Taxes & Spending

Get Serious About Tax Reform

Tax bills enacted over the past five years have reduced the tax-bite for millions of Americans, but they’ve also make the tax code more mind-bogglingly complex than ever. A recent Cato Institute study found that the number of pages of federal tax rules leapt from 26,300 in 1984 to 40,500 in 1995 to a staggering 66,498 in 2006. That’s 50 times the length of the King James Bible, and about 150 times the length of the Da Vinci Code.
 
The massive corpus of income tax rules takes a beating around this time every year from the hard-working public, opinion writers, political pundits, and talking heads on the news channels—and it is well deserved. The Tax Foundation estimates that in 2005, Americans wasted a stunning $265 billion just on complying with the tax code, more than double the compliance costs as recently as 1995.
 
Last year’s tax reform panel lacked the imagination to tear this monstrosity out by its roots and create an efficient, pro-growth system that taxes the proper consumption tax base once, and at a flat rate. If somehow the political will can be found in the administration or on Capitol Hill to make a push for real, fundamental tax reform, American taxpayers have much to gain.
 
All the corporate loopholes, deductions, evasions, shelters, safe-housing and off-shoring would cease to exist. Striking down taxes on capital gains, estates, and retirement benefits, a simplified tax system would stimulate greater economic growth. The tax rate cuts of Kennedy, Reagan, Clinton and Bush proved that flatter marginal rates spur greater investment and economic growth. Fundamental tax reform would be rocket fuel for the U.S. economy. Harvard’s Dale Jorgensen has calculated that flat-rate consumption taxation would boost annual economic growth by a stunning 10 to 12 percent.
 
The easiest way to achieve this could be to implement an idea proposed last year by Stephen Moore of the Wall Street Journal: an optional flat-rate consumed income tax. Earned income would be taxed at a flat-rate for those opted into the system, while anyone who wanted to keep the headaches of the current convoluted tax code would be free to stay. Once taxpayers opted into the flat system, there would be no going back, and eventually most taxpayers would switch.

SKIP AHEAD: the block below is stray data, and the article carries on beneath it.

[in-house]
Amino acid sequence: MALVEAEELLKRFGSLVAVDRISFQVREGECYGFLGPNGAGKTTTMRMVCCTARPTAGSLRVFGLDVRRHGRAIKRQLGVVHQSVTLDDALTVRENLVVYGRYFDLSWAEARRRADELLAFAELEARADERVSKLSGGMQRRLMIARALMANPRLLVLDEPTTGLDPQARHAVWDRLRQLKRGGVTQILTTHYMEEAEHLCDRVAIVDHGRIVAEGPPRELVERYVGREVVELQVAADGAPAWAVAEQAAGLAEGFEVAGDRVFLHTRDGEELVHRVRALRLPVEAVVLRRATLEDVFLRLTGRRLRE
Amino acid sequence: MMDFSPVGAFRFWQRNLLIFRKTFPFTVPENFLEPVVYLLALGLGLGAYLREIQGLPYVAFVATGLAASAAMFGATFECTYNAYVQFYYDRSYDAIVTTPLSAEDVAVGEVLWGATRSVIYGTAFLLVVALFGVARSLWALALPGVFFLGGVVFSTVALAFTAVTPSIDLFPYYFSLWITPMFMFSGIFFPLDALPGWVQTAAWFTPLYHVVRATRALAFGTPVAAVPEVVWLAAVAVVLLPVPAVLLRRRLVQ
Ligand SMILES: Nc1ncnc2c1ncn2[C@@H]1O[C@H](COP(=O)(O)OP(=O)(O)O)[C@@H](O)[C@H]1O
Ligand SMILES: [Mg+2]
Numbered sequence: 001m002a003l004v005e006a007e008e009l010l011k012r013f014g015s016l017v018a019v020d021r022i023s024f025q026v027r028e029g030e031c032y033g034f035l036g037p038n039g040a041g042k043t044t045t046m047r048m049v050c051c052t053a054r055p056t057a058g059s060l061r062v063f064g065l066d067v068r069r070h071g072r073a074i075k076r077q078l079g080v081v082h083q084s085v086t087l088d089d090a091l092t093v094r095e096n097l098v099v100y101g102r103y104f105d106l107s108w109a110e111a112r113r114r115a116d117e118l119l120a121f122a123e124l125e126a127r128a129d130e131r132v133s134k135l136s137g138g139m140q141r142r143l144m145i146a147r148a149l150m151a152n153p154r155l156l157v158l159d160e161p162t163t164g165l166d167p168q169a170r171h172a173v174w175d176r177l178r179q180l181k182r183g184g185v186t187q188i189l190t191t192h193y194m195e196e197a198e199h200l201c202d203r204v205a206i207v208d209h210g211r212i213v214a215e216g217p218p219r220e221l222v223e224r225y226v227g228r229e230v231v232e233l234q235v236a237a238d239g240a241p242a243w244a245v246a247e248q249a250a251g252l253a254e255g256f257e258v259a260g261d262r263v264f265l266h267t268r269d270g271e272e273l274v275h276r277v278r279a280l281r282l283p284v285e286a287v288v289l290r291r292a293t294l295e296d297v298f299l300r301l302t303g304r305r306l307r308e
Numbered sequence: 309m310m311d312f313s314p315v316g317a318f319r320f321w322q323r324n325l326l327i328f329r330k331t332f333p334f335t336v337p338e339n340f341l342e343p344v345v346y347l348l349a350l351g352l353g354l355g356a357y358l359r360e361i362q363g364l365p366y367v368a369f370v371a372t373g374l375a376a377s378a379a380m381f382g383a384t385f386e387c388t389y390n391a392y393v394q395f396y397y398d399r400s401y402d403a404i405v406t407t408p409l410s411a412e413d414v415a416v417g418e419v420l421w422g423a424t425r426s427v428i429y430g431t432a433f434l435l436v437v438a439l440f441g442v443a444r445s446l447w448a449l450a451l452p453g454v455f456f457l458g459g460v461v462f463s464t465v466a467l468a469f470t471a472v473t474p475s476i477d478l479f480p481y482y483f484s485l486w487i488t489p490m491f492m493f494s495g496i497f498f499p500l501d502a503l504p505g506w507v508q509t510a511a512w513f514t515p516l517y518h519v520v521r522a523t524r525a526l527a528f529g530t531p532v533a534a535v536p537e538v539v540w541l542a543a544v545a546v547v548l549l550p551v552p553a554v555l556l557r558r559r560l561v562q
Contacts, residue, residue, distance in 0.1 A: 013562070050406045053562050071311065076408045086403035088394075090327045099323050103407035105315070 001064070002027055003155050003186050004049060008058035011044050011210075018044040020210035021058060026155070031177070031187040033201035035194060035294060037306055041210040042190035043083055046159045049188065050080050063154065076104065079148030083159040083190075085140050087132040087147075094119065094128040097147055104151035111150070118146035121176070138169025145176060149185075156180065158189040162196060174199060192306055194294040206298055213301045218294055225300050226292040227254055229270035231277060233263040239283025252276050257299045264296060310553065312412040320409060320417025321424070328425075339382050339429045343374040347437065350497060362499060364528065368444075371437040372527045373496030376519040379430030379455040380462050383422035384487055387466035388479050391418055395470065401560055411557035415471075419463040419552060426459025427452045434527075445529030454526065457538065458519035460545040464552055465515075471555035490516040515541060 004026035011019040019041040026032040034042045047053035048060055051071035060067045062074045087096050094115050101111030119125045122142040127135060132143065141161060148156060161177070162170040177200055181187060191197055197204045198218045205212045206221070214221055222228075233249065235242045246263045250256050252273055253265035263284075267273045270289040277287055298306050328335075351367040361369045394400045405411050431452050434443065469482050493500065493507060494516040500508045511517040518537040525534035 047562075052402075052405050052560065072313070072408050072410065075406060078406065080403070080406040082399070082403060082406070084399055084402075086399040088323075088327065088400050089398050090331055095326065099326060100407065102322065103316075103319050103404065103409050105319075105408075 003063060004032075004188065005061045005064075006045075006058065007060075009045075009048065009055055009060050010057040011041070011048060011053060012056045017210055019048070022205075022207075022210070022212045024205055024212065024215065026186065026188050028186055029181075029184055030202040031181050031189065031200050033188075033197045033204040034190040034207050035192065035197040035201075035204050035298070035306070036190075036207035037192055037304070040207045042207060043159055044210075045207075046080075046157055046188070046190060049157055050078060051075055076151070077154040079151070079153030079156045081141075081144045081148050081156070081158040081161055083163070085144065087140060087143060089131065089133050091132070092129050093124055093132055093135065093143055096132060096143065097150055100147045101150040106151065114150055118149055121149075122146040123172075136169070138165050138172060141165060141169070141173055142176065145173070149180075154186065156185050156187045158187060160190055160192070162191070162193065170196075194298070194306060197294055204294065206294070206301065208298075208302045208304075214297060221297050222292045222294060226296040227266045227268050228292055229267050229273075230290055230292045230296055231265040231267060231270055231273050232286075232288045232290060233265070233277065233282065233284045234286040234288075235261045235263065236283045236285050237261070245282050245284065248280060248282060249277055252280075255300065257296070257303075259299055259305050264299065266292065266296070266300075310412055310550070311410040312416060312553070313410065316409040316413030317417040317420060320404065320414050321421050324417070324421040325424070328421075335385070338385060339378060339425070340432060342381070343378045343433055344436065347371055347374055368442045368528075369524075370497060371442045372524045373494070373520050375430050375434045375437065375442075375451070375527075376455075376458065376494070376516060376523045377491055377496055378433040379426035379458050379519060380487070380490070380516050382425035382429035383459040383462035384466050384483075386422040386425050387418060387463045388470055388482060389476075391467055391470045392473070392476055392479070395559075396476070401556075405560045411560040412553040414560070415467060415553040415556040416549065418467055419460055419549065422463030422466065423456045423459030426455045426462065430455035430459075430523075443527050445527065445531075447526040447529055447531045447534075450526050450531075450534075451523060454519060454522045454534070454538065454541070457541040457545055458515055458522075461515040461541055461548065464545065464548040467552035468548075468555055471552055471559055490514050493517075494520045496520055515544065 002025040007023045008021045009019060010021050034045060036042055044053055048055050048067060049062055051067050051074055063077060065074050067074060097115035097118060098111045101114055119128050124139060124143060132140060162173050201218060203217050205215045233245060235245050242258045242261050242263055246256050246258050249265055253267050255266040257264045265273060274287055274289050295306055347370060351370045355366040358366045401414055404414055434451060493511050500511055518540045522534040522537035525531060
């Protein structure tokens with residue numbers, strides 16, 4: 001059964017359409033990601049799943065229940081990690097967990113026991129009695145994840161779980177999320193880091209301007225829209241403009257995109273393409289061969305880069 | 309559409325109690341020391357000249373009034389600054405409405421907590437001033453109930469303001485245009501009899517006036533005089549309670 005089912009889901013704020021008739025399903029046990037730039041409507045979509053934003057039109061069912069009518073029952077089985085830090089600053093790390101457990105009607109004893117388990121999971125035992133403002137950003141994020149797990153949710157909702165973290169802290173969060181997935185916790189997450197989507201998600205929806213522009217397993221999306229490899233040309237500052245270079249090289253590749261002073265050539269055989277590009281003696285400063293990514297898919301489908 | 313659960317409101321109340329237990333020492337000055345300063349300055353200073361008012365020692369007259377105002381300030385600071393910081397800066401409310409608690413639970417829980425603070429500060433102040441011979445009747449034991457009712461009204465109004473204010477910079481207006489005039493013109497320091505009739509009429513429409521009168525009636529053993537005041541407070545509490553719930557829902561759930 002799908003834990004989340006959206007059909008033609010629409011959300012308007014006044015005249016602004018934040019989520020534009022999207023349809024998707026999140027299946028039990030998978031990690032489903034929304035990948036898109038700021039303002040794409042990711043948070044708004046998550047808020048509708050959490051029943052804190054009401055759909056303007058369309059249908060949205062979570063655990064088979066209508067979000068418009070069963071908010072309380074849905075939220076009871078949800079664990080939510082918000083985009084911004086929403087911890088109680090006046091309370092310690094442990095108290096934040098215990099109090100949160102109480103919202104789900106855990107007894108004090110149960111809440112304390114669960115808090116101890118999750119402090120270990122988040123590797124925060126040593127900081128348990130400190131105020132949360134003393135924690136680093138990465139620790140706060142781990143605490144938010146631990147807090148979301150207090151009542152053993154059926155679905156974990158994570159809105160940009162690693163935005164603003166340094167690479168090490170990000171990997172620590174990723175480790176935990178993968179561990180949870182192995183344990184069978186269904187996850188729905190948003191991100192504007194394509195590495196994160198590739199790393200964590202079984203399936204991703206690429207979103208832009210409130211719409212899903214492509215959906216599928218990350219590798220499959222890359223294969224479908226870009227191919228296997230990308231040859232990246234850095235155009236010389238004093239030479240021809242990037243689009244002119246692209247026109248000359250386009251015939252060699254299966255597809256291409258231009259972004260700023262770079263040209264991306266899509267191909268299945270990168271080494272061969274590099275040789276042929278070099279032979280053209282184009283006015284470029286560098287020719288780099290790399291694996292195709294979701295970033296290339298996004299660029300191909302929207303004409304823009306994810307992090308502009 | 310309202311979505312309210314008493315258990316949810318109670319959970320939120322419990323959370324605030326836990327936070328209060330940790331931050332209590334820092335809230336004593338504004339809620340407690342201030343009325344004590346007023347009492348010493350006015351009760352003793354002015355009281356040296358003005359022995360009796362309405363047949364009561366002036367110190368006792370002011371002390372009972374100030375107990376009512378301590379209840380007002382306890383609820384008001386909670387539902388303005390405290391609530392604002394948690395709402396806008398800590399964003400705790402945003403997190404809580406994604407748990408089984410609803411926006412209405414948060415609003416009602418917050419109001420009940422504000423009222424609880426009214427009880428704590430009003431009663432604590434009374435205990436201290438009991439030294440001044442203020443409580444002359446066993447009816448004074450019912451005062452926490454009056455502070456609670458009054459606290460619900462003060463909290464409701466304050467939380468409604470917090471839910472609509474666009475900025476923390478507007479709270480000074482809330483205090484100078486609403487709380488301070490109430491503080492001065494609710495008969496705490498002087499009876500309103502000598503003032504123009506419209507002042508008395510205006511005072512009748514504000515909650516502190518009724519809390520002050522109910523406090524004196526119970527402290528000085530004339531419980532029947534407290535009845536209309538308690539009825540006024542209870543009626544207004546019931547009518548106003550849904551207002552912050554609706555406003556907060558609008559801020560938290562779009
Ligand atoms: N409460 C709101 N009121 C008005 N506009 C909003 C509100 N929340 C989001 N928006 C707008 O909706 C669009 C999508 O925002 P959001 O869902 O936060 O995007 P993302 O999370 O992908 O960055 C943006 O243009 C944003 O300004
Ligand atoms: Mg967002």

Some tax reform advocates would go even further, scrapping the income tax entirely, banishing the IRS into the history books, and instituting a national sales tax instead. You would pay for government at the cash register every time you made a purchase, and April 15th would be just another day. There is a strong body of research supporting this approach, but it has always had difficulty gaining political momentum, due to misperceptions that the tax rate at the register would be too high, spurring a black market or angering voters.
 
Sen. Jim DeMint (R.-S.C.), introduced ingenious legislation to solve this political problem with an economic equivalent to the national sales tax that could be more politically salable. The DeMint bill, S. 1921, would repeal the individual income tax, the corporate income tax, the estate tax, and the gift tax and replace them with an 8.4 percent national sales tax and an 8.4 percent business transfer tax.
 
Any one of these reforms—a flat-rate consumed income tax, a national sales tax, or a hybrid sales tax/business tax—would be a dramatic improvement over the current tax code for fairness and economic growth. If this is the case, why are we still stuck with the monstrous internal revenue code?  Unfortunately politicians find it much easier to maintain the status quo than to effect real change. The tax code, the economy, and all Americans would benefit if our politicians would find the courage to get out of the mud and engage in a real, informed debate on scrapping today’s tangled federal tax regulations. The only thing simple about the current tax code is how obvious it is that we can do better.

A version of this piece originally appeared in the New York Sun.


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